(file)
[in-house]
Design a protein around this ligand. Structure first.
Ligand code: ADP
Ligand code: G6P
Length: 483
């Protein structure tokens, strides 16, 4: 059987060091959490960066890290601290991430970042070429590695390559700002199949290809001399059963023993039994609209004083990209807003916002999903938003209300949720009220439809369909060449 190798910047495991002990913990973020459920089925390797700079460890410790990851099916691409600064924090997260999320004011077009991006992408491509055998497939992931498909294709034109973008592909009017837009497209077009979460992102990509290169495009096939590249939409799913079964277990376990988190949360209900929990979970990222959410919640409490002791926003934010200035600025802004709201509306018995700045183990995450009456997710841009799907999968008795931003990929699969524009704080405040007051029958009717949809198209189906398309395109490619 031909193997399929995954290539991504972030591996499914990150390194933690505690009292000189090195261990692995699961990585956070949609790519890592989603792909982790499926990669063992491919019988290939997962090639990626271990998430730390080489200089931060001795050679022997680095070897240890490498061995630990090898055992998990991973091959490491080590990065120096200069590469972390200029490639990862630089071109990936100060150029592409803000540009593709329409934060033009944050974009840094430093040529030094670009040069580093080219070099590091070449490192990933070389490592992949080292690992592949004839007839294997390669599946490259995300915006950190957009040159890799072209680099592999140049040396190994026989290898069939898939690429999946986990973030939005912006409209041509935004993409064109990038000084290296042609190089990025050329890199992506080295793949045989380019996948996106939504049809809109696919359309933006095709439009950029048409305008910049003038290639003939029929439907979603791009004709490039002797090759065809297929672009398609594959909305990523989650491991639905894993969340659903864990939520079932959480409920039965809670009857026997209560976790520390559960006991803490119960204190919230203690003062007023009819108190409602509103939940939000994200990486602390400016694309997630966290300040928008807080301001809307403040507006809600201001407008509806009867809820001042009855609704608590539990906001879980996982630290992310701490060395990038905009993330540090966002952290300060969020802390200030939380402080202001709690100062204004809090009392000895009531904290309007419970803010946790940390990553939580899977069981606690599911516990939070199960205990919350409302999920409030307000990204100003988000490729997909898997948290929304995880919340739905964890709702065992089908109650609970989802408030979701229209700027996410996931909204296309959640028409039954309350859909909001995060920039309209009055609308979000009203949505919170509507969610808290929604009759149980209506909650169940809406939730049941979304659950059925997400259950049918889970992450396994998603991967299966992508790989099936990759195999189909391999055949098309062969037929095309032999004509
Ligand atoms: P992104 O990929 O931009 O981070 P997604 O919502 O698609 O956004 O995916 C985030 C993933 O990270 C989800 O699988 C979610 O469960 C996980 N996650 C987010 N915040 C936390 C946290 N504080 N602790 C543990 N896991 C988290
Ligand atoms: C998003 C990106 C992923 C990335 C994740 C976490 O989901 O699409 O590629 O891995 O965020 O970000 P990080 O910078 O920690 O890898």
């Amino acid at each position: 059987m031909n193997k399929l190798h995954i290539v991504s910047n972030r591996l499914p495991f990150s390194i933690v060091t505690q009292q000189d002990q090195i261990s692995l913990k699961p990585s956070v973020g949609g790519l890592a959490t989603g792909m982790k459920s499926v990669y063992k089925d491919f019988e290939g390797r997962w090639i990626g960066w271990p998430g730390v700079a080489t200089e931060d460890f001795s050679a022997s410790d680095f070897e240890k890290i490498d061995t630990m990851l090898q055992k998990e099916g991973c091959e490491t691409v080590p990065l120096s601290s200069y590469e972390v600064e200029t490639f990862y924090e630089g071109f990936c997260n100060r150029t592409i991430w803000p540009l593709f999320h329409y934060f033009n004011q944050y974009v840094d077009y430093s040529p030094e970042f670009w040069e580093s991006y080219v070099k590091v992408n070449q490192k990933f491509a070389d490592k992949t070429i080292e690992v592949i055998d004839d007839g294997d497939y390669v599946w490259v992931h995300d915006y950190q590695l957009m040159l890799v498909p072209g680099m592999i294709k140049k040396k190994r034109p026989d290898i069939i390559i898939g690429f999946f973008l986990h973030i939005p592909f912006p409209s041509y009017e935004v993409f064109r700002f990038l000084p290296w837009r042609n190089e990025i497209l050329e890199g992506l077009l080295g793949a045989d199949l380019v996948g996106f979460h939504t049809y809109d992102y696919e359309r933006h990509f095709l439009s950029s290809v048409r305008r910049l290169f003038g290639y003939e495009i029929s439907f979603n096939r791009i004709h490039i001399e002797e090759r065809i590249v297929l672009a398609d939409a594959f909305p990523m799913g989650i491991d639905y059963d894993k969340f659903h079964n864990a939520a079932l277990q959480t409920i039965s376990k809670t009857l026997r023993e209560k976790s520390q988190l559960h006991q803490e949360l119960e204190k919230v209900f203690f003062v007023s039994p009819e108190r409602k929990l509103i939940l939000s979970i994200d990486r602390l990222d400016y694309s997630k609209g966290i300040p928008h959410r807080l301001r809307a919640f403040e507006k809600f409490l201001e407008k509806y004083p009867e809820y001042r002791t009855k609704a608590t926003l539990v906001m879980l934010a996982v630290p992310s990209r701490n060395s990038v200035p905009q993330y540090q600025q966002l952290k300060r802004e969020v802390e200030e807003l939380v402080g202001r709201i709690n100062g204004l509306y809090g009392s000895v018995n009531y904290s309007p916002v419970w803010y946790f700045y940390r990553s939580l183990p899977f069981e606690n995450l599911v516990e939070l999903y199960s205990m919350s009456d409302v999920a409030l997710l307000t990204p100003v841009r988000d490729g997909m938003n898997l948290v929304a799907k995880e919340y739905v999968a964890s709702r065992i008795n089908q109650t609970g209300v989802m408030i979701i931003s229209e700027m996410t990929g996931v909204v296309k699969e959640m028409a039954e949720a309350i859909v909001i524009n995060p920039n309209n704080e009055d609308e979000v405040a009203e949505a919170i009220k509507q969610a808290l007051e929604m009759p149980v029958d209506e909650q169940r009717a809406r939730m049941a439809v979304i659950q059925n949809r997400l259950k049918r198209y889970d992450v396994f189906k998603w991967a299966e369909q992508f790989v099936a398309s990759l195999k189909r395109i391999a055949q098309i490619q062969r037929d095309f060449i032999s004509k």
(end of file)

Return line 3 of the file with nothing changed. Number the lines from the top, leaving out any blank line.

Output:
Ligand code: ADP